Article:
Power/Performance Bits: Oct. 11

Finer printed circuits; wavelength conversion; predicting 6G traffic.


Finer printed circuits
Researchers from the National Institute for Materials Science in Japan, Jiangnan University, Zhengzhou University, Senju Metal Industry Co., and C-INK Co. developed a way to print smaller features for printed electronics. The directed self-assembly method increases the chemical polarity of predetermined areas on a surface, which promoted selective adhesion of metallic nanoparticles.

The dual surface architectonic method enables printing of circuit lines 0.6 µm in width.

Simple photo and chemical treatments are applied to the substrate during the process. First, preselected surface areas are activated by ultraviolet irradiation. A chemical treatment is then applied to these areas which increases chemical polarity and surface energy only in the UV-activated surface areas. This increases the adhesiveness to metallic ink in those particular areas.

(a) Microcircuit patterns printed using a dual surface architectonic process. Circuits printed on polyimide (b) and transparent (c) films. (Credit: National Institute for Materials Science)

Both treatments can be performed in ambient air, and results in finer lines than can be currently made with inkjet and screen printing methods. The team said it’s also faster than photolithography and other conventional printing methods.

A metallic nanoparticle self-assembly system has been built by Priways Co. and C-INK Co., and the companies plan to offer it for sale soon, along with primers designed to improve adhesion on different substrates.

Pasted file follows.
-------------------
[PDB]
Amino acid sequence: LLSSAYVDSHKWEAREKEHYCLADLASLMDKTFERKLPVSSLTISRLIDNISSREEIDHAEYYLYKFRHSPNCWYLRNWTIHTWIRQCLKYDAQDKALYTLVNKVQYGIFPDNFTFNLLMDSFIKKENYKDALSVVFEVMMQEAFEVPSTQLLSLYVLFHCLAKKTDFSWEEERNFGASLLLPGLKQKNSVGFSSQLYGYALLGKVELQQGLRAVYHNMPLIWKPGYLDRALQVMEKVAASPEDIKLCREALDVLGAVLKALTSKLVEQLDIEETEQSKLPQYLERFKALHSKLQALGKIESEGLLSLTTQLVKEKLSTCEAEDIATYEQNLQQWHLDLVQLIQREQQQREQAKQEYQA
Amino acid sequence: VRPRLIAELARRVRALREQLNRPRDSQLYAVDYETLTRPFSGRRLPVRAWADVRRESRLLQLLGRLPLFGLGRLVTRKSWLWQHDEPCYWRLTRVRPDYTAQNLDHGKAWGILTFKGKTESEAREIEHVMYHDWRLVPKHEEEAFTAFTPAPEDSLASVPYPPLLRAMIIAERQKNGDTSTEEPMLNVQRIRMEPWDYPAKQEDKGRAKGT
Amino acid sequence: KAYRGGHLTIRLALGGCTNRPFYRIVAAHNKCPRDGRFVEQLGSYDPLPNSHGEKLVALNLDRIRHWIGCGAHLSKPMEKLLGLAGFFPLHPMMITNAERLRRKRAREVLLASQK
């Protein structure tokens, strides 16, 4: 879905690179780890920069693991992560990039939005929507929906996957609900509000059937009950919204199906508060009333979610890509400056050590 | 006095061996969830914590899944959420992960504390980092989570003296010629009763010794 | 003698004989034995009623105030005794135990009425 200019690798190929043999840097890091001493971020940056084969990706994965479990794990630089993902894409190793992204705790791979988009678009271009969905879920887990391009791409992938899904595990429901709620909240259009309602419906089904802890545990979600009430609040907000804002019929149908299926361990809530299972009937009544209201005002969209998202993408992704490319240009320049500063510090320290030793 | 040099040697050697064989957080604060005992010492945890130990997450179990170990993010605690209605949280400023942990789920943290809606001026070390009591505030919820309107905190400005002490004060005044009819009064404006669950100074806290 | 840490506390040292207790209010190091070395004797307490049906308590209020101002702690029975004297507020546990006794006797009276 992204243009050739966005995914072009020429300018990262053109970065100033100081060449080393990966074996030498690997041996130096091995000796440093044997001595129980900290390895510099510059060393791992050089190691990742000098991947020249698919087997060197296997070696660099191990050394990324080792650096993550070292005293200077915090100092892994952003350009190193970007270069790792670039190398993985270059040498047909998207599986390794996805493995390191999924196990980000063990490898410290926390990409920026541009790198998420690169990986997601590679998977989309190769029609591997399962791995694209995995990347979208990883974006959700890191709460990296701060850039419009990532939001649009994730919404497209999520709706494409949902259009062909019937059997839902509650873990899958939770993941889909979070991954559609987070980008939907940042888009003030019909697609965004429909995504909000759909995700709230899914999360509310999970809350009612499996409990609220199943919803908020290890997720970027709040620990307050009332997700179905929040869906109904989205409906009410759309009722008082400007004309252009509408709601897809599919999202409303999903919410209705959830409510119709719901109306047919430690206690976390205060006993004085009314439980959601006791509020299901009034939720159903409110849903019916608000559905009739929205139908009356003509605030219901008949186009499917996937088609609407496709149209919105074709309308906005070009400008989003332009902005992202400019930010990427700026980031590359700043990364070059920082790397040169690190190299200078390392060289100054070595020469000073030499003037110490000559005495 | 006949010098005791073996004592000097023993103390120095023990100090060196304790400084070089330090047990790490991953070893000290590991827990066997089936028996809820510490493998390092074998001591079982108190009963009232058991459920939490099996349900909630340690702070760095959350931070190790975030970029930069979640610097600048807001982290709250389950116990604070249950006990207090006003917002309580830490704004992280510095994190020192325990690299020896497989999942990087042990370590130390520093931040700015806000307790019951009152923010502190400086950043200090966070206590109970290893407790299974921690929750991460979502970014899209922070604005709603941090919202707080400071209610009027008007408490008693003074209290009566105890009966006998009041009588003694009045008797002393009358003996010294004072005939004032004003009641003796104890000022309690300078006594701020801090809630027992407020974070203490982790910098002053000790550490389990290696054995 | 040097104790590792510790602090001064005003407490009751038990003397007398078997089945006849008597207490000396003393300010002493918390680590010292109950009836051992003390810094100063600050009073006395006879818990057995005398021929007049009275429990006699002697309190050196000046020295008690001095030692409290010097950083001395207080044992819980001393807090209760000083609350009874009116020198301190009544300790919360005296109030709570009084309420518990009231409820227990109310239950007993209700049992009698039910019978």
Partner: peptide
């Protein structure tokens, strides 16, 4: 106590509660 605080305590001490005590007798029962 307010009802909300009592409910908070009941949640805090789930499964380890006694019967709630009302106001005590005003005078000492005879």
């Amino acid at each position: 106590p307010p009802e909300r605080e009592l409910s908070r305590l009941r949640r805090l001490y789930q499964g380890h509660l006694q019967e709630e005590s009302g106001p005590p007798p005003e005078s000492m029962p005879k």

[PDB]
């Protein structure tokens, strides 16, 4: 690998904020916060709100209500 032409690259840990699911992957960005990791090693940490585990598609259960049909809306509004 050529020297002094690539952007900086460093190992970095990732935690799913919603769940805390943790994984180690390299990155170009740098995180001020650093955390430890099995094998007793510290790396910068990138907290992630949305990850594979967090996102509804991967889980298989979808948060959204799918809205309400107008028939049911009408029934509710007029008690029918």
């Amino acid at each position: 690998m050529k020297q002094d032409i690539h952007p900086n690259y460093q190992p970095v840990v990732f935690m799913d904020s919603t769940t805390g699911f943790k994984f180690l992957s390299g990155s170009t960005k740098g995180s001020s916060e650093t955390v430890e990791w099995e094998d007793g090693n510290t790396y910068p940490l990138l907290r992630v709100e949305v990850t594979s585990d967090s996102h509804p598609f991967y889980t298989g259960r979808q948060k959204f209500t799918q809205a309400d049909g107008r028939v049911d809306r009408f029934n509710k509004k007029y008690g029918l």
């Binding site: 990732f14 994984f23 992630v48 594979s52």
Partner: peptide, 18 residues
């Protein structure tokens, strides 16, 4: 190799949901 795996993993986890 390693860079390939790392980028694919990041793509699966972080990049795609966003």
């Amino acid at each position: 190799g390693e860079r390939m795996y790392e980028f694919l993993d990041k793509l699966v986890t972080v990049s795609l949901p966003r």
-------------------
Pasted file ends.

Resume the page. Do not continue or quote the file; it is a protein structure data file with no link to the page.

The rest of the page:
Wavelength conversion
Researchers at University of California Los Angeles, Iowa State University, and Technical University Darmstadt found a way to take advantage of an unwanted state to more efficiently convert light from one wavelength to another.

The team focused on a generally undesirable but natural phenomenon called semiconductor surface states, which occur when surface atoms have an insufficient number of other atoms to bind to, causing a breakdown in atomic structure. These dangling bonds hinder the flow of electric charges through a semiconductor, affecting performance.

“There have been many efforts to suppress the effect of surface states in semiconductor devices without realizing they have unique electrochemical properties that could enable unprecedented device functionalities,” said Mona Jarrahi, professor of electrical and computer engineering at UCLA Samueli and lead of the UCLA Terahertz Electronics Laboratory.

These incomplete bonds create a shallow electric field across the semiconductor surface. The researchers said that incoming light can hit the electrons in the semiconductor lattice and move them to a higher energy state such that they can move around the lattice. The photo-excited, high-energy electrons are further accelerated by the electric field and unload the extra energy by radiating it at different optical wavelengths.

To make this process more efficient, the team incorporated a nanoantenna array that bends incoming light so it is tightly confined around the shallow surface of the semiconductor.